I have both a mac mini and a G5 (the water cooled dual 2.7, with 4Gb) and the G5 stomps the mini at Litch. The problem is the mini has the lowest end graphics card available. Mine has 1GB of RAM so you're at the minimum of what the game wants.

    All in all, the mini is a great email and web machine, but just isn't up to gaming.

    my 2 cents
     
  8. Eidorian macrumors Penryn

    Eidorian

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    #8
    And people run WoW on far less than the 9400M G...
     
  9. lutopia thread starter macrumors newbie

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    #9
    Thanks for the reply! So, your G5 runs Lich well? Any ideas of what frame rates you get?
     
  10. Cabbit macrumors 68020

    Cabbit

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    #10
    ATI Radeon X800 XT Video Card with 128mb of VRAM with this video card you should get in the high 50fps with most settings maxed out. It is a old GPU but it was a at the time ultra high end card and i dare say that it may still be able to run circles round the 9400m.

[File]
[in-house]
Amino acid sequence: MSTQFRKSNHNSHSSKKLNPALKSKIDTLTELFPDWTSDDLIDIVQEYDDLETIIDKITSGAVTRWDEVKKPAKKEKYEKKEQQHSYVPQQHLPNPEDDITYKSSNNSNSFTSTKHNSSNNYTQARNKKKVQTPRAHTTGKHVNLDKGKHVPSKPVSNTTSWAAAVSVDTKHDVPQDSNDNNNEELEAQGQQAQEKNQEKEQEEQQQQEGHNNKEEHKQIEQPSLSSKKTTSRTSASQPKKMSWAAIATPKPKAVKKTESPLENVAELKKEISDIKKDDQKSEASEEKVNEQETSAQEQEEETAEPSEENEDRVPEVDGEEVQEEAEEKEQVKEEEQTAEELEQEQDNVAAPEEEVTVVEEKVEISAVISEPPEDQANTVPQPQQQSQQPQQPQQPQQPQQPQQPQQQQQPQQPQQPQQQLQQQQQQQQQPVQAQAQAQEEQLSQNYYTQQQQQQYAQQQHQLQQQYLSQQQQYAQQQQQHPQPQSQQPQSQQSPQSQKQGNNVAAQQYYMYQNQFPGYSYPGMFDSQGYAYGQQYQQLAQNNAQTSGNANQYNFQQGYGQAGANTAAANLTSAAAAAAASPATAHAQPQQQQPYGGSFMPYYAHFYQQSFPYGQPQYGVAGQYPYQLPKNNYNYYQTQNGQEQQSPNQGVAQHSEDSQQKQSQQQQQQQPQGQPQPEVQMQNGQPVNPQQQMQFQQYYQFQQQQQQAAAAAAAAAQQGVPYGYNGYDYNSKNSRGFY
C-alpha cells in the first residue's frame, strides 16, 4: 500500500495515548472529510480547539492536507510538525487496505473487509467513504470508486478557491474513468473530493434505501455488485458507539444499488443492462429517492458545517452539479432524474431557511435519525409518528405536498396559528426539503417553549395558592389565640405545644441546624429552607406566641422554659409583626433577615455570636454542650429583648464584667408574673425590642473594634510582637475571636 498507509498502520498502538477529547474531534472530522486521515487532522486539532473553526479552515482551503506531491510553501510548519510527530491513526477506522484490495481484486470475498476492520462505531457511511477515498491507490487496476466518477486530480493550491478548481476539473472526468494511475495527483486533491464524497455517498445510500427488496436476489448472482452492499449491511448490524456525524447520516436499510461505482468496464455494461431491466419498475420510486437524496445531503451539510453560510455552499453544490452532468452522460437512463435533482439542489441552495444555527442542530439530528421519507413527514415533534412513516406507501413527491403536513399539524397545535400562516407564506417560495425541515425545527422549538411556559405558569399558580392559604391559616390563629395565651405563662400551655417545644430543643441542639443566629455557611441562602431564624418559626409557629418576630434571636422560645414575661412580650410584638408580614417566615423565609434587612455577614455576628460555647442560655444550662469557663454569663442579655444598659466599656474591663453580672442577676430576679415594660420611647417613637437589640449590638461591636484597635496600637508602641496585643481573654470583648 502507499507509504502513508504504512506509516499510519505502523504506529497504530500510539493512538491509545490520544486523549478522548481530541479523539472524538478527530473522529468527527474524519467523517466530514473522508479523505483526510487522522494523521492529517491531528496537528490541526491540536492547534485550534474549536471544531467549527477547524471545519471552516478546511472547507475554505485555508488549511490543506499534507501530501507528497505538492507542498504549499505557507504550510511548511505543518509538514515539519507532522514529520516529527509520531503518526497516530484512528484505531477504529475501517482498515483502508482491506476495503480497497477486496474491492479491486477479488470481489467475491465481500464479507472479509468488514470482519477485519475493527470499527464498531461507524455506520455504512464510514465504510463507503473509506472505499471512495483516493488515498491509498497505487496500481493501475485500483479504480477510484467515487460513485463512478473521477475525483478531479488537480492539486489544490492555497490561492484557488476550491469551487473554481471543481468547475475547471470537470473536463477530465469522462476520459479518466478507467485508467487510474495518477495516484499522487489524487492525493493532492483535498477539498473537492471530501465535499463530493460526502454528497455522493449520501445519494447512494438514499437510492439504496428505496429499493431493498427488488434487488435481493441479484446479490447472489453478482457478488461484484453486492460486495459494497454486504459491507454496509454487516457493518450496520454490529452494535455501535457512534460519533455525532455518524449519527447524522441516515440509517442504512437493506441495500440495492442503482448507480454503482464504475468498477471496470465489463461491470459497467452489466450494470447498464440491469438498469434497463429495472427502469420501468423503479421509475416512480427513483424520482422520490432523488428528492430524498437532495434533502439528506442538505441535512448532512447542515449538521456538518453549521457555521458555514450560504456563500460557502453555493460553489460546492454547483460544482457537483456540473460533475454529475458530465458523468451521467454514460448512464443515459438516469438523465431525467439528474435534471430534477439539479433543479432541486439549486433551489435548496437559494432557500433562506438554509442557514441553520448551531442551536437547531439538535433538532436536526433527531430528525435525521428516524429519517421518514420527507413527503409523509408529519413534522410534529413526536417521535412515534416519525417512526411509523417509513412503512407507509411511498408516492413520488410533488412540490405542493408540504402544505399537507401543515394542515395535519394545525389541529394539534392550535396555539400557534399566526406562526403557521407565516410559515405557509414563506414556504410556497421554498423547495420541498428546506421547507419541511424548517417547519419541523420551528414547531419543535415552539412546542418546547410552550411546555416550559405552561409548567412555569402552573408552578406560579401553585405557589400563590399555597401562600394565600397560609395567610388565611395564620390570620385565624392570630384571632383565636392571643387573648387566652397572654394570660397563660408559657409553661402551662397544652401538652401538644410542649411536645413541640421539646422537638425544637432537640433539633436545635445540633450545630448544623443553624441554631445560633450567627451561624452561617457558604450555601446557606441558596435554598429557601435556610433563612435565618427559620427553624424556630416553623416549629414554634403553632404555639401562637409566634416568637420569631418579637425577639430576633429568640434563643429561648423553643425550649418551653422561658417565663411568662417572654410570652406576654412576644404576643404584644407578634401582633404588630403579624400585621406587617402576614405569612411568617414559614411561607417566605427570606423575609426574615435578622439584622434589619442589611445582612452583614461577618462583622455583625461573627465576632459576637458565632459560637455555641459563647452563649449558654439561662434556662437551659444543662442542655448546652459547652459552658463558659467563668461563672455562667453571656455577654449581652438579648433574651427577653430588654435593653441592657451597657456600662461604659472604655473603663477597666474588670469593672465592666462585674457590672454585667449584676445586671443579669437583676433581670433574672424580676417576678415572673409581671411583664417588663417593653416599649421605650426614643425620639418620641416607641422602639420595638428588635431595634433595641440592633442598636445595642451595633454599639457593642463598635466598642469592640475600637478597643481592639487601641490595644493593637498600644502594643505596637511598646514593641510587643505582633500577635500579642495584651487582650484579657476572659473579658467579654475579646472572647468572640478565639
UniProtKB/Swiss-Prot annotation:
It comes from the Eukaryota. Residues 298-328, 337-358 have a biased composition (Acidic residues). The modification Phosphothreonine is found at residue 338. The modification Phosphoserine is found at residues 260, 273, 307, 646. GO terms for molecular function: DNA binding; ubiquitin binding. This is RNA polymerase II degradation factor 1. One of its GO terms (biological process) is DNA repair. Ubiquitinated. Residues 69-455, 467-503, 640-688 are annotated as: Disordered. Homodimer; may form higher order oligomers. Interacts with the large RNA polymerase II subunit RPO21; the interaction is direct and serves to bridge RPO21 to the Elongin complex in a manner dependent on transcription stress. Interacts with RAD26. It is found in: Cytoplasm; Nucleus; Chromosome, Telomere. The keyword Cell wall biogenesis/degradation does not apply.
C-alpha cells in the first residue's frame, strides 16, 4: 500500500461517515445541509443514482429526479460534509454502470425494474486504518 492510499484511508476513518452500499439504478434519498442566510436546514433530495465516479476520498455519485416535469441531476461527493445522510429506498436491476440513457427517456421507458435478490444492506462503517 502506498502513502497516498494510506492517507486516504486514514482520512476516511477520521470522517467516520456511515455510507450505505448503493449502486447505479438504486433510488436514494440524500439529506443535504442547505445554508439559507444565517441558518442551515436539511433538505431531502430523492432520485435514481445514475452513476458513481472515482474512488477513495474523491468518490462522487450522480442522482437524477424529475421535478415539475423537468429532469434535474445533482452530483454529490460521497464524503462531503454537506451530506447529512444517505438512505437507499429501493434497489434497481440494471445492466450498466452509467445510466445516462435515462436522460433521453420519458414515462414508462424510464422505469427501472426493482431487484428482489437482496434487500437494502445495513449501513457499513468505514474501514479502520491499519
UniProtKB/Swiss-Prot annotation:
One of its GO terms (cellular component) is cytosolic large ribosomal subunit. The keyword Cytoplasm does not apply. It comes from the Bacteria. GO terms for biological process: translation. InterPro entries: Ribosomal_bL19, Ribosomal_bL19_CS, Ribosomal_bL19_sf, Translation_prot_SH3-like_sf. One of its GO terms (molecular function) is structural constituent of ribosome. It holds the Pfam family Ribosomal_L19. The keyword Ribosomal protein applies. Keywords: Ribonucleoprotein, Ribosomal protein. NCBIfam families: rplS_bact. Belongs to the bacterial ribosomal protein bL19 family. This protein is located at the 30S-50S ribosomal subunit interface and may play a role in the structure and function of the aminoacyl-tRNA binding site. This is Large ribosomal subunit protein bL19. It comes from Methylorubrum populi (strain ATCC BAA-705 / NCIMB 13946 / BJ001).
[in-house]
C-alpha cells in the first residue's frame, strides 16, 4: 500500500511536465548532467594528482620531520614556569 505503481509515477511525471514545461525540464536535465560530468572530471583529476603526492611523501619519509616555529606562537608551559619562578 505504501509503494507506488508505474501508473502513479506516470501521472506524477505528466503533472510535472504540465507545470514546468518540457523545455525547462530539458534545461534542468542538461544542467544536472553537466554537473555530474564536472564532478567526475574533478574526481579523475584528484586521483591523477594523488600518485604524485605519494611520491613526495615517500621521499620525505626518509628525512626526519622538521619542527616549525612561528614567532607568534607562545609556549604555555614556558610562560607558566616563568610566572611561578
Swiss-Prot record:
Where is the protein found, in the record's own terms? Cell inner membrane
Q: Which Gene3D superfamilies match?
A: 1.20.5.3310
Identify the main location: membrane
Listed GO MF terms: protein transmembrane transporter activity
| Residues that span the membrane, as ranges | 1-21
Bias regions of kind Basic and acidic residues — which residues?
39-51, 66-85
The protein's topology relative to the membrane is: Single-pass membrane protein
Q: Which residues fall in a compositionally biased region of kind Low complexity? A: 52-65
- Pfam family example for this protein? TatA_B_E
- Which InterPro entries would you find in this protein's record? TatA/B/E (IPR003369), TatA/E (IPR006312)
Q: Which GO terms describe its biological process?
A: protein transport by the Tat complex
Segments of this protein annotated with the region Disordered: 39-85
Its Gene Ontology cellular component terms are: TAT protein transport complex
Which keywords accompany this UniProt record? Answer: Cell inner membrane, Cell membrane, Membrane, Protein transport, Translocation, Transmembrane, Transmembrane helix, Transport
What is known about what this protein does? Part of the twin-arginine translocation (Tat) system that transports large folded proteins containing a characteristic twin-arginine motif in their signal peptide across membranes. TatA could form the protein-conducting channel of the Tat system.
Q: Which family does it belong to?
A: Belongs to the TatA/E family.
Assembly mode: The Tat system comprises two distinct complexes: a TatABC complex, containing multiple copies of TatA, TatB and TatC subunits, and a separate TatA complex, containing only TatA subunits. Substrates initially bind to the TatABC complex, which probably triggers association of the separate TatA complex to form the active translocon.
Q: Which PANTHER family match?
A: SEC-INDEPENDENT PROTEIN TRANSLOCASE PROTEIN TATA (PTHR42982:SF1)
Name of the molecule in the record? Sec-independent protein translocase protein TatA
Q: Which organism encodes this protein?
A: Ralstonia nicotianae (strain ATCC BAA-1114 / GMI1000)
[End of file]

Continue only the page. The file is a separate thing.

11. e²Studios macrumors 68020

    e²Studios

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    #11
    Honestly you will only get 50fps with that card if you are running in low mode (and never in northrend) or have a few things turned up (keep spell detail way down, as well as draw distance & shadowing). I have a GTX 295 with everything maxed out and its hard to keep 50fps anywhere in Northrend. Around other areas i wander between 80-120+ FPS.

    Whatever you do there is a known and Blizzard admitted problem with their "ultra mode" shadowing, make sure that is down one notch if you dare try everything maxed out. However if everything is maxed out on that card you would be lucky to get 10-18fps, 50fps not a chance.
     
  12. Cabbit macrumors 68020

    Cabbit

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    #12
    You should be aware that Dalaran fps is very dependent on latency more than GPU grunt. Also that a Ati 1600 can do 30-70 fps in Dalaran on my connection with my old PC with most settings pretty high would show ether your drivers are not up to scratch or your internet connection is rather high latency.